Saturday, October 25, 2008

Hold On

Via The Quaker Agitator, is news of the latest decision to hold off putting Troy Davis to death, yet again.

I've written about the case of Troy Davis before, The Quality of Mercy, the Georgia man who has been on death row for 17 years for the murder of a police officer. With compelling questions raised about his guilt or innocence, shortly before he was scheduled to be executed, the US Supreme Court issued a stay, Death is Final.

As noted by SCOTUSblog, Davis’ lawyers urged the Supreme Court to issue a definitive ruling that the Eighth Amendment creates a right of an innocent person not to be executed. The appeal also sought a new hearing to present the new evidence in an effort to spare his life. However, last week the Court declined to take up the appeal, Court clears way for Davis execution, and he was again scheduled for execution this Monday.

A new round of appeals was filed, asserting that the constitution mandates that his claims of innocence be heard before he is put to death, Lawyers launch new appeal effort. For the third time, Davis has successfully put off his date with death.

The Court of Appeals issued the stay on Thursday, Court issues stay of execution for Troy Davis:

On Wednesday, Davis asked the 11th Circuit for permission to pursue a new federal habeas corpus petition รข€” in which an inmate claims he is unlawfully incarcerated. The Antiterrorism and Effective Death Penalty Act of 1996 requires a federal appeals court to approve such a request before such a new lawsuit can be filed.

“Upon our thorough review of the record, we conclude that Davis has met the burden for a stay of execution,” the court said in an order issued by Judges Joel Dubina, Rosemary Barkett and Stanley Marcus.

The judges called the stay “conditional” and said they want to hear more from Davis’ lawyers and state attorneys.

Davis must clear two difficult legal hurdles to win a new round of appeals.

First, he must show that his lawyers could not have previously found the new evidence supporting his innocence no matter how diligently they looked for it. And he must show that the new testimony, viewed in light of all the evidence, is enough to prove “by clear and convincing evidence that…no reasonable fact finder would have found [him] guilty.”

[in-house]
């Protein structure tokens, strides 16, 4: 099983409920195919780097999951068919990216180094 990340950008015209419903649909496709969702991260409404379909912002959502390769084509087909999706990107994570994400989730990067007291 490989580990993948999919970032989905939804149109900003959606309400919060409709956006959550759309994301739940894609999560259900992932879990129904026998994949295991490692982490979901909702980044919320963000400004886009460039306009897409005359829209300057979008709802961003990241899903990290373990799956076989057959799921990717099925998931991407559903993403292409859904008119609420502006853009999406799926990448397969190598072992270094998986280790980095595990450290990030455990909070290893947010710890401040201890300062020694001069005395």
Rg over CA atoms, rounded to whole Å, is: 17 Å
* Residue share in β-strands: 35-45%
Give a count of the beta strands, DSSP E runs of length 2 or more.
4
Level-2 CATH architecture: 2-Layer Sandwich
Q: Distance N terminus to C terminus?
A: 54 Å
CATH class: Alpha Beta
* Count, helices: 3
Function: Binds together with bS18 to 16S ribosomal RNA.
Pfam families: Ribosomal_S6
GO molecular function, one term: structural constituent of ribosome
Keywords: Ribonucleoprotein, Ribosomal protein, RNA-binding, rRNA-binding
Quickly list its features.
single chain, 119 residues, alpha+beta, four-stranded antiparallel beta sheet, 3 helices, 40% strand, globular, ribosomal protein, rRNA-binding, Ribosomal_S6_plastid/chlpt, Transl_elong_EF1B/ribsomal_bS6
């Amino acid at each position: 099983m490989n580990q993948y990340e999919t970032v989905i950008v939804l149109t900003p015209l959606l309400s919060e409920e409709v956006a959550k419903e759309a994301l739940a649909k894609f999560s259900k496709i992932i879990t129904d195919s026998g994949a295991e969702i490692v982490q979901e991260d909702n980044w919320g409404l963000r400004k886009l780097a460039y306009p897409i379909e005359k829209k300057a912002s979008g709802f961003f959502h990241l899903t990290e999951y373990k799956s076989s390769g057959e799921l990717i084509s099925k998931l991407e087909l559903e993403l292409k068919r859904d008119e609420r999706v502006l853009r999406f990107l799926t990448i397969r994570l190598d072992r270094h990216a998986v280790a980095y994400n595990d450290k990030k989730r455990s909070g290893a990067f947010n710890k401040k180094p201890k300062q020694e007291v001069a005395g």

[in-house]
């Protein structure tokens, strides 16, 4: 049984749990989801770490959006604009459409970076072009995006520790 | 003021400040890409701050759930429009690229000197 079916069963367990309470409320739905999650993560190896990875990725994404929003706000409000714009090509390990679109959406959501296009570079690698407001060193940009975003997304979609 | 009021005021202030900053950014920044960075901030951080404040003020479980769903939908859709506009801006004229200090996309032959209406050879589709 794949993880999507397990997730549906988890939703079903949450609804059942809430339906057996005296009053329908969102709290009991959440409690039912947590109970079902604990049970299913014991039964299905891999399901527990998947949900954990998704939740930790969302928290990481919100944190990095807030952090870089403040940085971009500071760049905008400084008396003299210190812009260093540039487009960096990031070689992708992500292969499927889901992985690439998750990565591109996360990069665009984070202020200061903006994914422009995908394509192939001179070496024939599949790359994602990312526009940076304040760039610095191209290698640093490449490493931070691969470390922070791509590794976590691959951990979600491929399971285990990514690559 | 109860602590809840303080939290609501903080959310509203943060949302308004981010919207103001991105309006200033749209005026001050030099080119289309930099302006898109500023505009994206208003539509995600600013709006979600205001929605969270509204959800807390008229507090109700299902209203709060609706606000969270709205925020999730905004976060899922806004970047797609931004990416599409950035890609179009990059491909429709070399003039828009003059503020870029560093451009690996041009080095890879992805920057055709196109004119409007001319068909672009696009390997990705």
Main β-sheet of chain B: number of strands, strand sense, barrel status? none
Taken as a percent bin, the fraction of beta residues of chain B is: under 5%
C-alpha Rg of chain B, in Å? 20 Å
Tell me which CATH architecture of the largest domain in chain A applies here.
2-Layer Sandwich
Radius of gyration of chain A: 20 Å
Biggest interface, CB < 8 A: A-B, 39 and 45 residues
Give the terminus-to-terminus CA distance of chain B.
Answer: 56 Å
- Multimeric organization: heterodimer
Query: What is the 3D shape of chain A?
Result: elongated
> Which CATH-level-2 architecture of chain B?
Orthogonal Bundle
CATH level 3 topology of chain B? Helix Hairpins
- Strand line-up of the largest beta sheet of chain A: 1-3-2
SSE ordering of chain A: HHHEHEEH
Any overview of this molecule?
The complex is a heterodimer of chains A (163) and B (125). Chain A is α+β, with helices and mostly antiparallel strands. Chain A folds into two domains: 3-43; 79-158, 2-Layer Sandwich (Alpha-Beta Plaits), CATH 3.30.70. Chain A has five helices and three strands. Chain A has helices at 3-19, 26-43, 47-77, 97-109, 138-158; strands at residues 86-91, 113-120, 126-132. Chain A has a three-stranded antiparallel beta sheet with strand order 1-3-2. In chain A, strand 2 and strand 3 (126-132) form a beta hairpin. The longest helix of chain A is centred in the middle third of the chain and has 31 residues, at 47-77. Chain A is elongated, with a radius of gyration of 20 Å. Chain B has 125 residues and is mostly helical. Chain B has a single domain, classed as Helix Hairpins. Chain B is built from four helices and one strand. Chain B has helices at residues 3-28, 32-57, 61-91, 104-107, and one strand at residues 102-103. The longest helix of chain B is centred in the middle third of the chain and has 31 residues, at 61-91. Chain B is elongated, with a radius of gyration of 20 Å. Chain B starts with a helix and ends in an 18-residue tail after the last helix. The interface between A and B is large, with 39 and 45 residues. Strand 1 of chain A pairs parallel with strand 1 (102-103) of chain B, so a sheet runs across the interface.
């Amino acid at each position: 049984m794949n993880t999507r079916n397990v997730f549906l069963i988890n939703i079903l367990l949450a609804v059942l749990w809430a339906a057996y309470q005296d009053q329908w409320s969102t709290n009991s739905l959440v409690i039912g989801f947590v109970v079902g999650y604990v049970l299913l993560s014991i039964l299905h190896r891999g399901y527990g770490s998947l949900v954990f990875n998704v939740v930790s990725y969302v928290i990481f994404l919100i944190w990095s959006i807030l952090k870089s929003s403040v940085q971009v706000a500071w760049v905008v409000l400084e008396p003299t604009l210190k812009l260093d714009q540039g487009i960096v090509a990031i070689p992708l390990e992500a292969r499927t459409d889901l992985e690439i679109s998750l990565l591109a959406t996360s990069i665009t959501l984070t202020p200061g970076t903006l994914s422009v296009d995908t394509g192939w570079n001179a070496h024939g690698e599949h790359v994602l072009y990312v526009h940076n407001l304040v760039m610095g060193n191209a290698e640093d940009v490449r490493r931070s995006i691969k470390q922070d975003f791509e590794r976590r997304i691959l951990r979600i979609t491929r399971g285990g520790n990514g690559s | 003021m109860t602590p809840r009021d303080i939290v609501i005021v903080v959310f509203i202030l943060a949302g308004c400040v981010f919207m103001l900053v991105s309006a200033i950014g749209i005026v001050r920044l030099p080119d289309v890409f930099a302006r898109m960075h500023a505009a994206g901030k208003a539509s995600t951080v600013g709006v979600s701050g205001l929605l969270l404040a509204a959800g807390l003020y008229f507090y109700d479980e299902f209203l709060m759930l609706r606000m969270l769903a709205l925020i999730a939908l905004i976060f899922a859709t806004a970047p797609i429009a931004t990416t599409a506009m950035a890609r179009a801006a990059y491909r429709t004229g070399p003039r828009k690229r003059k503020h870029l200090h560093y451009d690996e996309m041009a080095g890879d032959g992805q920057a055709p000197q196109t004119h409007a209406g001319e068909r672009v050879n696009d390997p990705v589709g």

The 11th Circuit added a twist. It asked the parties to address whether Davis can still be executed if he can establish innocence under the second standard but cannot satisfy his burden under the first, due-diligence question.

Unfortunately, despite this news, the remaining hurdles that Troy Davis still faces are still overwhelming. Although there is much evidence that brings his conviction into question, even getting approval to hold a hearing where such testimony would be considered is difficult. The legal standard that must be met before a hearing would be permitted is exceedingly stringent.

Barry Scheck, co-Director (and founder) of the Innocence Project, explains, Troubling Questions Surround Troy Davis Execution Set for Monday, the legal conundrum that imperils Davis' ability even to be heard:

What most people don't know is why Davis can't get a full hearing on the new . . . post-conviction evidence of innocence.

The recantation of a witness alone does not and should not automatically result in a conviction being vacated -- recantation evidence is treated with caution by courts because, after all, the witness is saying he or she once lied under oath, so how can one be so sure they are not just lying again? Nonetheless, many wrongful convictions have been overturned because a recanting witness, testifying in person and under oath before a judge, is found to be credible and the reason for the recantation - often a claim that the original trial testimony was coerced - is found to be persuasive. But in Georgia the recanting witnesses don't get to testify because the state's courts have created an extraordinary Catch-22 rule -- the "purest fabrication" doctrine - that arbitrarily denies evidentiary hearings even when extremely persuasive recantation affidavits have been submitted.

The "purest fabrication" doctrine means that post-conviction hearings don't have to be held to evaluate the credibility of recanting witnesses unless the defendant can show, by extrinsic proof before the hearing is held, that the original testimony was absolutely false.
NPR also recently discussed the issues and hurdles involved in the Troy Davis case.

As a lawyer -- someone who parses words for a living -- I can tell you that the standard required by the term "purest fabrication" is nearly impossible to meet from a legal perspective. I've spent plenty of time negotiating the use of "best" vs. "reasonable" efforts language in corporate agreements, so I can attest that word usage in the law can be significant. What may seem to be a simple statement to a non-lawyer is often laden with meaning in a legal setting.

And yet, when a life is at stake, it is unconscionable to impose a standard that impairs the ability to get at the truth. I am somewhat heartened by the fact that the Court of Appeals requested that the parties address the question whether a person who may be able to establish innocence may nonetheless be denied an opportunity to establish his innocence because of a procedural requirement.

In other words, are we as a society willing to permit an innocent man to die merely to satisfy some legal rule that may prevent the truth from ever being discovered? And if so, what does that say about us?

1 comment:

quakerdave said...

What it says are things we probably should be ashamed of.